Heart-felt messages mean more than words


(Heart-felt messages)

“Valentines for Vets” is part of the many things our community loves to do for those who’ve sacrificed so much for our way of life. And it’s our community members who are keeping the tradition alive.

Residents throughout the valley are putting pen to paper with heart-felt thoughts, appreciation, and lots of love for those who’ve served our country, and the tradition stands strong today.

Newspaper columnist, Ann Landers, is credited with the genesis of Valentines for Vets in the late 80’s when she invited her readers to take part in hand-making Valentine cards and sending to veterans in hospitals around the country.

In 1993, Dianne Berdugo, a library advocate and retired special education aide at Acacia Middle School, encouraged her students, church members, and the general public to take part in the program. She saw it as an opportunity to honor and recognize our veterans while also getting people to visit libraries. She’d collect the heart-shaped messages in boxes at Valle Vista Library, then deliver them, often in person, to Loma Linda Veterans Hospital.

“One little Valentine can mean so much to them. You never know what their situation is . . . it’s rewarding, and they really appreciate it. They always say thank you for acknowledging their service . . . I think every day should be Veteran’s Day,” says Berdugo.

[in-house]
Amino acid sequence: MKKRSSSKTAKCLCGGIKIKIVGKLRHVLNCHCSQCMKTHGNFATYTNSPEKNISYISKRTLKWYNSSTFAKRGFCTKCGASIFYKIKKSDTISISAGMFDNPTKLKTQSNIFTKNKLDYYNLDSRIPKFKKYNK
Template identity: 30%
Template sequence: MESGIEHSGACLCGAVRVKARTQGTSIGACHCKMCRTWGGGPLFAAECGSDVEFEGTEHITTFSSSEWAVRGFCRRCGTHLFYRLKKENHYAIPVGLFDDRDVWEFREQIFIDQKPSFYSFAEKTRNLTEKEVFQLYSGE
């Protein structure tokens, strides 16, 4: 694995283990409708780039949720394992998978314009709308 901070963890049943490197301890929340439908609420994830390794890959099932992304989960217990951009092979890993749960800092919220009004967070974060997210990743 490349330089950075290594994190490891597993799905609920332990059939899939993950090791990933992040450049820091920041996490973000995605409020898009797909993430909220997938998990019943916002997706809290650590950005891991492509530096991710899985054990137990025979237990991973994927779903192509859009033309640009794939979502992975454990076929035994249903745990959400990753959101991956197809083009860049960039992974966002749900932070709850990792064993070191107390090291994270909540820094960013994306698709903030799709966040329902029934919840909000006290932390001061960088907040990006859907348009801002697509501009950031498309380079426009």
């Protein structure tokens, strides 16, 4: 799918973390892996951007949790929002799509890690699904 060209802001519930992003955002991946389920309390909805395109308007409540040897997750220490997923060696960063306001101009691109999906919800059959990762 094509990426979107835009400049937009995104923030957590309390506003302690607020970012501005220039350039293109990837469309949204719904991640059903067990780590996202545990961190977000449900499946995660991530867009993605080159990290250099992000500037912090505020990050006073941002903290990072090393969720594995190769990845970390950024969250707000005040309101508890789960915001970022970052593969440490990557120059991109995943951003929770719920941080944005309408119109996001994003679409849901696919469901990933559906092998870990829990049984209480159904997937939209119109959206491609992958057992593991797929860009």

Berdugo and fellow community members have generated thousands of valentines over the decades.

Lynn Peterson (left) with Valle Vista Library employee, Deana Elliot, collect valentines for vets

Lynn Peterson, of San Jacinto Community Builders, has graciously taken lead of promoting participation in the Valentines for Vets tradition. Over the past few years she’s continued the generation of meaningful messages, and simply loves being able to connect with vets, saying, “Though they may be strangers, their service to our country makes them our family.”

Between now and February 15th, the public is invited to take part in sending some love to our veterans. Valentines cards can be made and dropped off at multiple locations throughout Hemet. Drop locations are setup at Hemet Public Library, Valle Vista Library, and My City Youth Center.

The cards that are collected will be delivered to Loma Linda Veterans Hospital, keeping the tradition alive, and showing our veterans some much needed love.

Find your latest news here at the Hemet & San Jacinto Chronicle

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